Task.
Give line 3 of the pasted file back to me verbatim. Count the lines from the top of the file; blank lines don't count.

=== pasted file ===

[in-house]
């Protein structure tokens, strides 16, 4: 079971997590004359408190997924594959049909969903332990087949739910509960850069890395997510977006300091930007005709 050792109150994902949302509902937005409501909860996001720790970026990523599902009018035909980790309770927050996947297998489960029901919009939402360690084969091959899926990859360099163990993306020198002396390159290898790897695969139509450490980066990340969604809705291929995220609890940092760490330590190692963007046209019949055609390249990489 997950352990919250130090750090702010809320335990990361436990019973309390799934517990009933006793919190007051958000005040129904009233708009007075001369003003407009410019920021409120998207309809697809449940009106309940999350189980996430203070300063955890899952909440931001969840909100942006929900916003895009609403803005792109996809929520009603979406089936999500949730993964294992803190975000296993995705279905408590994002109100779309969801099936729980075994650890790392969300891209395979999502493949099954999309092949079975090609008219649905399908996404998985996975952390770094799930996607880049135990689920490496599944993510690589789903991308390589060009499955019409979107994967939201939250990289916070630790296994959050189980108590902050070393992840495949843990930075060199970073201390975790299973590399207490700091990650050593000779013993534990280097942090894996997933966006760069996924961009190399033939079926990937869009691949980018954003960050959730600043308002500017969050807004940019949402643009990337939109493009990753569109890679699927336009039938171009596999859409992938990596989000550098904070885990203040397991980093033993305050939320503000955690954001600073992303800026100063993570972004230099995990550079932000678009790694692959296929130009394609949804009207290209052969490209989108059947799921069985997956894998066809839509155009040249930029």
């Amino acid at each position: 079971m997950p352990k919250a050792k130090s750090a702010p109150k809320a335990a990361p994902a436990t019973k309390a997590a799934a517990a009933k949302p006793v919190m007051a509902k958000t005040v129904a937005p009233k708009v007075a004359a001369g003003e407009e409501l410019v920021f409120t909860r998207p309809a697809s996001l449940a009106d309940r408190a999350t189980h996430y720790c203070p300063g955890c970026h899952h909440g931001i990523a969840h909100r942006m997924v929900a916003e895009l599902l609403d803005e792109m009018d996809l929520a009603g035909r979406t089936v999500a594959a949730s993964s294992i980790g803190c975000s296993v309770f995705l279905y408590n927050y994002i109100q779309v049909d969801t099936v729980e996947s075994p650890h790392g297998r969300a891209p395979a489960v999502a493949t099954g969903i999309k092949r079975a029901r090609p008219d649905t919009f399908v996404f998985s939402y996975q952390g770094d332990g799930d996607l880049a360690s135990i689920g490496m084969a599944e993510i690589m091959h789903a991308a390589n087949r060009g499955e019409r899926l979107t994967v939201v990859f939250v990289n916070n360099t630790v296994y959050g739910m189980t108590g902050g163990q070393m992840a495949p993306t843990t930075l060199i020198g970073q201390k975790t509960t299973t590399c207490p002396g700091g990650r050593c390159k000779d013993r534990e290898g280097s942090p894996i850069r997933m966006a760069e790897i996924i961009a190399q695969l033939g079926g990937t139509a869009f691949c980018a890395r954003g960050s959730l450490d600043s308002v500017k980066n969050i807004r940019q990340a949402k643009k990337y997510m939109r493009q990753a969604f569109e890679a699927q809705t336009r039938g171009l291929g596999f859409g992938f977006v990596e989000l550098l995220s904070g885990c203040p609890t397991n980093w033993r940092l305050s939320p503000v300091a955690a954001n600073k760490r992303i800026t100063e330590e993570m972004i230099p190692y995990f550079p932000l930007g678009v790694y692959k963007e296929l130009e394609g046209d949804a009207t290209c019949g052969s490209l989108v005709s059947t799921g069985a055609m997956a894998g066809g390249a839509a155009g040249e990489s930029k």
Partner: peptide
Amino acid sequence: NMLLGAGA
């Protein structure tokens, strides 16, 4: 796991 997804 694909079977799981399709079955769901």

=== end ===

């Amino acid at each position: 079971m997950p352990k919250a050792k130090s750090a702010p109150k809320a335990a990361p994902a436990t019973k309390a997590a799934a517990a009933k949302p006793v919190m007051a509902k958000t005040v129904a937005p009233k708009v007075a004359a001369g003003e407009e409501l410019v920021f409120t909860r998207p309809a697809s996001l449940a009106d309940r408190a999350t189980h996430y720790c203070p300063g955890c970026h899952h909440g931001i990523a969840h909100r942006m997924v929900a916003e895009l599902l609403d803005e792109m009018d996809l929520a009603g035909r979406t089936v999500a594959a949730s993964s294992i980790g803190c975000s296993v309770f995705l279905y408590n927050y994002i109100q779309v049909d969801t099936v729980e996947s075994p650890h790392g297998r969300a891209p395979a489960v999502a493949t099954g969903i999309k092949r079975a029901r090609p008219d649905t919009f399908v996404f998985s939402y996975q952390g770094d332990g799930d996607l880049a360690s135990i689920g490496m084969a599944e993510i690589m091959h789903a991308a390589n087949r060009g499955e019409r899926l979107t994967v939201v990859f939250v990289n916070n360099t630790v296994y959050g739910m189980t108590g902050g163990q070393m992840a495949p993306t843990t930075l060199i020198g970073q201390k975790t509960t299973t590399c207490p002396g700091g990650r050593c390159k000779d013993r534990e290898g280097s942090p894996i850069r997933m966006a760069e790897i996924i961009a190399q695969l033939g079926g990937t139509a869009f691949c980018a890395r954003g960050s959730l450490d600043s308002v500017k980066n969050i807004r940019q990340a949402k643009k990337y997510m939109r493009q990753a969604f569109e890679a699927q809705t336009r039938g171009l291929g596999f859409g992938f977006v990596e989000l550098l995220s904070g885990c203040p609890t397991n980093w033993r940092l305050s939320p503000v300091a955690a954001n600073k760490r992303i800026t100063e330590e993570m972004i230099p190692y995990f550079p932000l930007g678009v790694y692959k963007e296929l130009e394609g046209d949804a009207t290209c019949g052969s490209l989108v005709s059947t799921g069985a055609m997956a894998g066809g390249a839509a155009g040249e990489s930029k």